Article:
The signs of a heart attack in women can be different from the ones we’re used to hearing about .

One morning Sue woke up feeling lethargic and exhausted. Her chest felt tight and when she got up, she found she was short of breath and felt achy.  She wondered if she were coming down with the flu that was going around.

She got dressed and went down to the kitchen to get started on breakfast and lunches for the kids.  Halfway down the stairs she felt dizzy and broke out in a clammy sweat.  Her heart was racing, and she felt panicky. It got harder to breathe.

Luckily, she called 911.  She was having a heart attack.

Heart Attack Statistics for Women

This is not an unusual story. Heart disease is the leading cause of death for both African American and white women in the United States. For Hispanic women, heart disease ties with cancer as the number one cause of death.

Heart disease covers several conditions that affect the heart’s function:

  • Coronary Artery Disease (affects the arteries leading to the heart)
  • Valvular heart disease (affects the function of the valves of the heart)
  • Cardiomyopathy (affects how the muscles of the heart work)
  • Heart rhythm disturbances (affects the electrical conduction of the heart)
  • Structural problems (often occur before birth)

Coronary artery disease is the most common type of heart disease.  Cholesterol plaque builds up in the arteries causing them to narrow and restrict the flow of blood to the heart. When a piece of that plaque breaks off and creates a clot that causes a heart attack.

The scary part is that almost two-thirds (64%) of women who die suddenly of coronary heart disease experienced no previous symptoms.  So, no matter your age, race, or the current state of your health, it’s important you should know the signs of a heart attack in women.  And yes, they might not be the same as in a man.

This is one gender gap you need to pay attention to.  It might just save your life.

Signs of a Heart Attack in Women

  1. Shortness of breath. This is one of the common signs of a heart attack in women.  It would start suddenly and for no apparent reason.
  2. You know the feeling of breaking out in a cold, clammy sweat when you’re under pressure, in times of stress or fear?  With a pending heart attack, it comes on for absolutely no reason.
  3. A feeling of exhaustion.  Not uncommon for women, as we tend to juggle three or four tasks at once. Work, kids’ activities, homework, dinner – the list goes on. But if you’re getting enough sleep and experience a sudden, unusual feeling of exhaustion, pay attention.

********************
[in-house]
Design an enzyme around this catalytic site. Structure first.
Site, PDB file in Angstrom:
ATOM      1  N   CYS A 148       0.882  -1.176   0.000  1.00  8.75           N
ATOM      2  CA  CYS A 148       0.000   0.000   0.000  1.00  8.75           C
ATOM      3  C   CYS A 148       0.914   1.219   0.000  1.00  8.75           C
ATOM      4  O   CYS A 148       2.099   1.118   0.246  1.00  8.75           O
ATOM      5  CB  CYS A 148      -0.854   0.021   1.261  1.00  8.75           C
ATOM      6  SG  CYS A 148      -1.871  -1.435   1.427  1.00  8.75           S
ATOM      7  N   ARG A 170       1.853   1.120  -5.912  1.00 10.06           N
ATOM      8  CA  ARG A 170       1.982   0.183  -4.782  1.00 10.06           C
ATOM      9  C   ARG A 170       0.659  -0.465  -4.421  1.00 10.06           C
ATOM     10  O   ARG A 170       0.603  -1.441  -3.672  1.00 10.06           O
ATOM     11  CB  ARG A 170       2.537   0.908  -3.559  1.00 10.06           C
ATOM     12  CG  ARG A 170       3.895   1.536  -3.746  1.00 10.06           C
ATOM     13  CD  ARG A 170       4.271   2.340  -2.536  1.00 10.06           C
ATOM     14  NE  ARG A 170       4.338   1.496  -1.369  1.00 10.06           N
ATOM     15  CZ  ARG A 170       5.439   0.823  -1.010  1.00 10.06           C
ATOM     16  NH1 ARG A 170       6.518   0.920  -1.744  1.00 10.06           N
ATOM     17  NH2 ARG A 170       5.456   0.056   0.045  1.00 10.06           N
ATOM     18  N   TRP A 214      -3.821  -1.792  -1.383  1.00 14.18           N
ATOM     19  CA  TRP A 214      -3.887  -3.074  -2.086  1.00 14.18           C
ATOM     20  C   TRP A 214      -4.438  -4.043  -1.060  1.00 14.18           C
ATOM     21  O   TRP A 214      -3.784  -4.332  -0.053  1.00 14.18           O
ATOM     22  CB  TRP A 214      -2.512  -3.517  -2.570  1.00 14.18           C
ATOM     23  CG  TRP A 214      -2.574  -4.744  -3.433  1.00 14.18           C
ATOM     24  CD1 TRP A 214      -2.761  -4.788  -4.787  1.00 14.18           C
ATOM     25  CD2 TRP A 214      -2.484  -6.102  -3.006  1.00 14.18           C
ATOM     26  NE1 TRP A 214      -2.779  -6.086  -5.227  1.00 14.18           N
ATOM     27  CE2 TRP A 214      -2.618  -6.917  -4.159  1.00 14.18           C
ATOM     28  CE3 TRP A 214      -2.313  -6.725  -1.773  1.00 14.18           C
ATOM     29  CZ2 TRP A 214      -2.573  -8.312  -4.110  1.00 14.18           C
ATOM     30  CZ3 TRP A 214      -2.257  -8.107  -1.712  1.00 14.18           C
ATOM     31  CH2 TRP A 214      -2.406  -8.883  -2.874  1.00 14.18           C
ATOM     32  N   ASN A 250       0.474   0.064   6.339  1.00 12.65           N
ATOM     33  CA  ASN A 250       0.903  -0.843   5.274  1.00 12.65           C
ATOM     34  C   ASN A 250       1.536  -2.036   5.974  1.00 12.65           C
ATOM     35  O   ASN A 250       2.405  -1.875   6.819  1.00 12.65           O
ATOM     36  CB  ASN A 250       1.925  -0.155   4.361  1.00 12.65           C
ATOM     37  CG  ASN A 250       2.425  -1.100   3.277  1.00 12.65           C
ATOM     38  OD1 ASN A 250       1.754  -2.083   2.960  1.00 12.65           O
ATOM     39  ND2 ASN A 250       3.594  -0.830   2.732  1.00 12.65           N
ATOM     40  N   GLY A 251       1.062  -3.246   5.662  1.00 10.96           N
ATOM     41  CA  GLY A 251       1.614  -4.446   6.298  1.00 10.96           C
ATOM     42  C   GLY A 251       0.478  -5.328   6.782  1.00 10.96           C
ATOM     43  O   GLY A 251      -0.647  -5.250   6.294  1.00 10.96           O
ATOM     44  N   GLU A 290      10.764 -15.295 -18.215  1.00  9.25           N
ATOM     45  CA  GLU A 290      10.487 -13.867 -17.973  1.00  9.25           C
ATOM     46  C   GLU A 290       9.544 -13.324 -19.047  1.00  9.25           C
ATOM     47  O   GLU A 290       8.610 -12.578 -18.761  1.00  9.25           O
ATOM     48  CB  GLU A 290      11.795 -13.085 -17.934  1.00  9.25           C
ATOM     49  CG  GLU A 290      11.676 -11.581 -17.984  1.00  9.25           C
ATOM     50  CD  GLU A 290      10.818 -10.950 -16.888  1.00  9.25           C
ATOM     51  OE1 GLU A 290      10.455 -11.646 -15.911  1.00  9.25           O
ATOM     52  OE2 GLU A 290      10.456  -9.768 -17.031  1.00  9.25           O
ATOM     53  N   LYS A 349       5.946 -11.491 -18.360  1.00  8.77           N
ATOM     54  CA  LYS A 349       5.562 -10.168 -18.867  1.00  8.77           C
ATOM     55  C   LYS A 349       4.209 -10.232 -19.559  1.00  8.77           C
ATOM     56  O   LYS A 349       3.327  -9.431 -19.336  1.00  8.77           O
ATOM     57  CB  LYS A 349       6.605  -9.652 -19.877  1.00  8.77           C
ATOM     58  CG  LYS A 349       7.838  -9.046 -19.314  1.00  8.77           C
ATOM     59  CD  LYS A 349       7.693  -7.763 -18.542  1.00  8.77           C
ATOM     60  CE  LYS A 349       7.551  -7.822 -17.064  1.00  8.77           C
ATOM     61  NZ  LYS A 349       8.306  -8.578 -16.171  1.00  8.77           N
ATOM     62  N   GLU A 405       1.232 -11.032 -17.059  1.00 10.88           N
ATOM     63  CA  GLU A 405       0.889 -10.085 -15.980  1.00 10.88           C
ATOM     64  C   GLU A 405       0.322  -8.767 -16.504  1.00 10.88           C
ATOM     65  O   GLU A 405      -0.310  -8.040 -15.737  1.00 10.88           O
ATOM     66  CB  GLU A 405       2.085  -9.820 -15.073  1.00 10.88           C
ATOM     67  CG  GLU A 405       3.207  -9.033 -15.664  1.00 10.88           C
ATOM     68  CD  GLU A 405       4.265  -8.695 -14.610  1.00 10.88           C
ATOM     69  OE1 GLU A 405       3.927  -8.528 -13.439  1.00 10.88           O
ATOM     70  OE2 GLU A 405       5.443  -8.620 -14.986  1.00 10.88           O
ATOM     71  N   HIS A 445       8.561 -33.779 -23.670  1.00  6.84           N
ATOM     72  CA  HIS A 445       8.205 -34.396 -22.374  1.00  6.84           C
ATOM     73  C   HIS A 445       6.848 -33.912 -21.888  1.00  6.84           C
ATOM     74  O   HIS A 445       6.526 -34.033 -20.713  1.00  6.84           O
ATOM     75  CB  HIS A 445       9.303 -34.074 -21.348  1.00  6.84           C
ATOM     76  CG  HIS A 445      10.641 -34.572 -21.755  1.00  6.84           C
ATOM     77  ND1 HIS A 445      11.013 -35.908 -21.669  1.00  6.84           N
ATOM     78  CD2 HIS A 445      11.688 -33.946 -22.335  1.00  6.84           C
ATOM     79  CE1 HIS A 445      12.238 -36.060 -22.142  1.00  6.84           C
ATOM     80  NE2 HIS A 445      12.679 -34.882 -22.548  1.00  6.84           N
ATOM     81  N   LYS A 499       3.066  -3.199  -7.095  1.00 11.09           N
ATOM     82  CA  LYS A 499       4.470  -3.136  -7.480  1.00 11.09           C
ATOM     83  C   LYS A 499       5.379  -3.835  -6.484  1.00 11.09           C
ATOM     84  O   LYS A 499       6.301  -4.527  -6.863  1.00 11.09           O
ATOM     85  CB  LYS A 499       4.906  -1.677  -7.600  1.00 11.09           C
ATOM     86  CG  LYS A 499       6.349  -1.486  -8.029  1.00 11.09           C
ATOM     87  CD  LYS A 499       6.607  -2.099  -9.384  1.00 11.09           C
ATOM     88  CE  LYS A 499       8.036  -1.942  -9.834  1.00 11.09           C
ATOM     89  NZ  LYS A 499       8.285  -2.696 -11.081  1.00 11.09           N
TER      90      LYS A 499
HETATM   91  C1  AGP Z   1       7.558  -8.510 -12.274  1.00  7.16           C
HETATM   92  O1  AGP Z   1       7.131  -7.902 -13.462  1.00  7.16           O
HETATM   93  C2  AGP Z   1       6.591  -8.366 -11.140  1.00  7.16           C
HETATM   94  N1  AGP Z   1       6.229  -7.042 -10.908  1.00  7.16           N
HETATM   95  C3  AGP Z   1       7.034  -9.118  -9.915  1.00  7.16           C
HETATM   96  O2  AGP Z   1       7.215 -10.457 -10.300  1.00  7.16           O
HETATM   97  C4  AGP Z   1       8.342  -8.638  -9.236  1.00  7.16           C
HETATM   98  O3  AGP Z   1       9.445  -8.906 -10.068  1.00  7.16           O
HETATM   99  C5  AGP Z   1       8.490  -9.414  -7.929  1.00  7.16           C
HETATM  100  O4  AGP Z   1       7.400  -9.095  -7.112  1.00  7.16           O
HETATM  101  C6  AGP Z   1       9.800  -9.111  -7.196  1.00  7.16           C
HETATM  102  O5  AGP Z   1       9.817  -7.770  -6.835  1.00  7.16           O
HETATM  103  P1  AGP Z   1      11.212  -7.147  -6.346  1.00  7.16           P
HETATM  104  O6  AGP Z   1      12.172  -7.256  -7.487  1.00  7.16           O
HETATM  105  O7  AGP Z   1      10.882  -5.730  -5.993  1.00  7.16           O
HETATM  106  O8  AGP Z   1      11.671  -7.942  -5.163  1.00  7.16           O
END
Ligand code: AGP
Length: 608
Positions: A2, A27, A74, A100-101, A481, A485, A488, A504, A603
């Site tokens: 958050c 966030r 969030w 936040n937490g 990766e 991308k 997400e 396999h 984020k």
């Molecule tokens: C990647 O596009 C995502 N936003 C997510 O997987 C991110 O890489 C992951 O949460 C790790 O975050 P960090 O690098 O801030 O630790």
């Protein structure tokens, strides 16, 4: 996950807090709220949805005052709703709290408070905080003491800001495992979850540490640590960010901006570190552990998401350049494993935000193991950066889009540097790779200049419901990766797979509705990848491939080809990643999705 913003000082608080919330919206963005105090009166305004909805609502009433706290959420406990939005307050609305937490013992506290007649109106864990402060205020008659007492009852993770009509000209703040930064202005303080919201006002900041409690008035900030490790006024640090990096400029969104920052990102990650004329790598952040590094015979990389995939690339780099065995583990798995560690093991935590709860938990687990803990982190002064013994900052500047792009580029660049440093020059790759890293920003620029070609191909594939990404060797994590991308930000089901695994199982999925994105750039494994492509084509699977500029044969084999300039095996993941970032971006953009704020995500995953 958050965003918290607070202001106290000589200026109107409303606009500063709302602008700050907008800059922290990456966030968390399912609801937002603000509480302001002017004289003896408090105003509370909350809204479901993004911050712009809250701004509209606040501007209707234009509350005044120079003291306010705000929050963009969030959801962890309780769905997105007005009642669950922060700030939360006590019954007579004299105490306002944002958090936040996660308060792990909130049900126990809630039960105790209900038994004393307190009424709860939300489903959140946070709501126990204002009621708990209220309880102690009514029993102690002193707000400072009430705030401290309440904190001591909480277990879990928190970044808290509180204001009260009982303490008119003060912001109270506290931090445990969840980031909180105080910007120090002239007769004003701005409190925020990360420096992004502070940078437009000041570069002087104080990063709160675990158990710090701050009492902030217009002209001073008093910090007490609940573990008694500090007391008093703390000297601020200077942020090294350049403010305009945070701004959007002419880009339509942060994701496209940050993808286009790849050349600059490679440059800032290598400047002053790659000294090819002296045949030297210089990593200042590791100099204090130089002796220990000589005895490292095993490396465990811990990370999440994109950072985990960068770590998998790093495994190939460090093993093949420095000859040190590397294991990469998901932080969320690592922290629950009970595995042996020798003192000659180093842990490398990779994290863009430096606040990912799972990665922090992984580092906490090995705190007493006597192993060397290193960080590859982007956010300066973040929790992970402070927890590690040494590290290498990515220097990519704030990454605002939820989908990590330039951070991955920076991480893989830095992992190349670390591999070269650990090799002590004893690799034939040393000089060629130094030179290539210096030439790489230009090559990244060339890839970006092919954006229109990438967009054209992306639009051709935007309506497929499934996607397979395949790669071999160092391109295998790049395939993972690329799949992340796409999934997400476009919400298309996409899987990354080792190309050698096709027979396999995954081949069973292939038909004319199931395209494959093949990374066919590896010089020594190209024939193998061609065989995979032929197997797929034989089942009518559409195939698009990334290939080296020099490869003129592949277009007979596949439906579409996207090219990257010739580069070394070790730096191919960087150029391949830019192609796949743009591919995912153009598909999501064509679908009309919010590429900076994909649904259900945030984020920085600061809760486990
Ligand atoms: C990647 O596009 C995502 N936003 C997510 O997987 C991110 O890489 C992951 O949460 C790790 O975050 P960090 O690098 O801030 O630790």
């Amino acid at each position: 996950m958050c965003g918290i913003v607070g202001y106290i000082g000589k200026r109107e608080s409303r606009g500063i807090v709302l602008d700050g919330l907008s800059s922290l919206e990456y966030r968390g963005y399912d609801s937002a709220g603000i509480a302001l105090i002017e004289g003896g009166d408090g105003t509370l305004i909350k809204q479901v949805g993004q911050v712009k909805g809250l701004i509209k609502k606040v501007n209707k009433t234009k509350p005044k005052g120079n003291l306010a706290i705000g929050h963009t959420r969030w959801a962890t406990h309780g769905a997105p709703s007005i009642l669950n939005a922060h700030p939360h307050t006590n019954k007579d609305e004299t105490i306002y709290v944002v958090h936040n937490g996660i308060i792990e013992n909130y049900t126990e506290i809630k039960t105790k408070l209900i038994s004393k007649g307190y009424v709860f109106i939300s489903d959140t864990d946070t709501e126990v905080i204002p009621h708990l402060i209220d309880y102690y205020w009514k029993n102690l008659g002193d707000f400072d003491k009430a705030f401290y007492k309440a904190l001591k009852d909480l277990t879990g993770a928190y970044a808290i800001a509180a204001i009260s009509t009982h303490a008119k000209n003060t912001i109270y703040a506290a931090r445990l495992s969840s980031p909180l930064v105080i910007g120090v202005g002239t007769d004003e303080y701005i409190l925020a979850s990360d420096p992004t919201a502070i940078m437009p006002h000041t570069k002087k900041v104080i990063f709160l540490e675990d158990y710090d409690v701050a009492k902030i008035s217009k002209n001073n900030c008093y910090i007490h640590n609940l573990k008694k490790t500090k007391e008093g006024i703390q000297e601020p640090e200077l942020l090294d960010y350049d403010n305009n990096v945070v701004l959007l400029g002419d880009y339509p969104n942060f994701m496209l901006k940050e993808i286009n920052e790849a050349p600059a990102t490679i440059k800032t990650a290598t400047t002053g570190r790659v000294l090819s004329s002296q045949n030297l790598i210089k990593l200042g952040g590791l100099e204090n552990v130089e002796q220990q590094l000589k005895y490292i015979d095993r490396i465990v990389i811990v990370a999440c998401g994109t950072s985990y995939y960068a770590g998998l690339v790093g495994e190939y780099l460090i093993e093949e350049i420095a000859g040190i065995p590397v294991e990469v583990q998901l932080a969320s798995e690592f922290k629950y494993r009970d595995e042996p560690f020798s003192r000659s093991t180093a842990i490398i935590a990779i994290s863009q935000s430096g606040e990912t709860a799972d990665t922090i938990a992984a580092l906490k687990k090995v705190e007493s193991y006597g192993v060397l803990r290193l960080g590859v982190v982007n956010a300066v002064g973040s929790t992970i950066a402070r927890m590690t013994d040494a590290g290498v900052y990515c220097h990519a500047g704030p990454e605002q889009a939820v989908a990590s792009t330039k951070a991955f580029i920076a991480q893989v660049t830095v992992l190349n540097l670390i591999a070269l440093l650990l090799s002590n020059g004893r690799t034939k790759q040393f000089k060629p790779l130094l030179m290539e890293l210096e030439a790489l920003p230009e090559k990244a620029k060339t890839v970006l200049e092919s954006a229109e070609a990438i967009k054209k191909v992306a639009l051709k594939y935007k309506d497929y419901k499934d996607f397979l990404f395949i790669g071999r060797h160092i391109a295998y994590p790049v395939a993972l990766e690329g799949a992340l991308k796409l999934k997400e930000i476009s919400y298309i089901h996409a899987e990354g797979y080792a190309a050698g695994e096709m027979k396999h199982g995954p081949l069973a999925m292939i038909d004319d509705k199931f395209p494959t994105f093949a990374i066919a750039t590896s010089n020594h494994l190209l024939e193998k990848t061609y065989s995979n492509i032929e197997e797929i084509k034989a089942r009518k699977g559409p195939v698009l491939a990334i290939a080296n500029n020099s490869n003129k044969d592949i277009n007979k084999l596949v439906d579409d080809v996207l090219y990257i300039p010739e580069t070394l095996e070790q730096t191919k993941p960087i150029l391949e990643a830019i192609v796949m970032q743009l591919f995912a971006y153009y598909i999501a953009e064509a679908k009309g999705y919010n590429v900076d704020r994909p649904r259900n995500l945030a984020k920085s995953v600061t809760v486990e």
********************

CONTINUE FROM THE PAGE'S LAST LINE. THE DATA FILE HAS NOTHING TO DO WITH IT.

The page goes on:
4. Sharp upper body pain.Men tend to feel more of a massive pressure in the chest, while women feel sharp pains in their neck, upper arms, or jaw.  The pain can be so intense that it will wake you up from a deep sleep.  Some women do feel chest pain, but it is likely to be a tight discomfort across the entire chest, not just on the left side.
  5. Rapid heartbeat and anxiety. This often accompanies the cold sweat.  It can make you think you’re having a panic attack, but it happens when there are no circumstances present that would cause such an attack.

How to Beat the Odds

There are things you can do to lower your risk of having a heart attack.  All of them are things you can do without medication or medical intervention – it’s about living a healthy lifestyle and making good choices:

  • Don’t smoke
  • Manage your blood sugar. (This doesn’t only apply to Diabetics)
  • Get your blood pressure under control
  • Lower your cholesterol
  • Know your family history
  • Stay active
  • Maintain a healthy weight
  • Eat a healthy and nutritious diet

Many of these go hand-in-hand.  When you’re active and eat well, you’re more likely to maintain a healthy weight. That should keep your blood pressure and cholesterol levels in a normal range too. As women, we so often take care of everyone else and neglect ourselves.  But you can’t take care of anyone if you’re no longer there.

The best way to discover what nutrients your body needs for optimum health, is to find a Nutrition Response Testing® practitioner and get tested.


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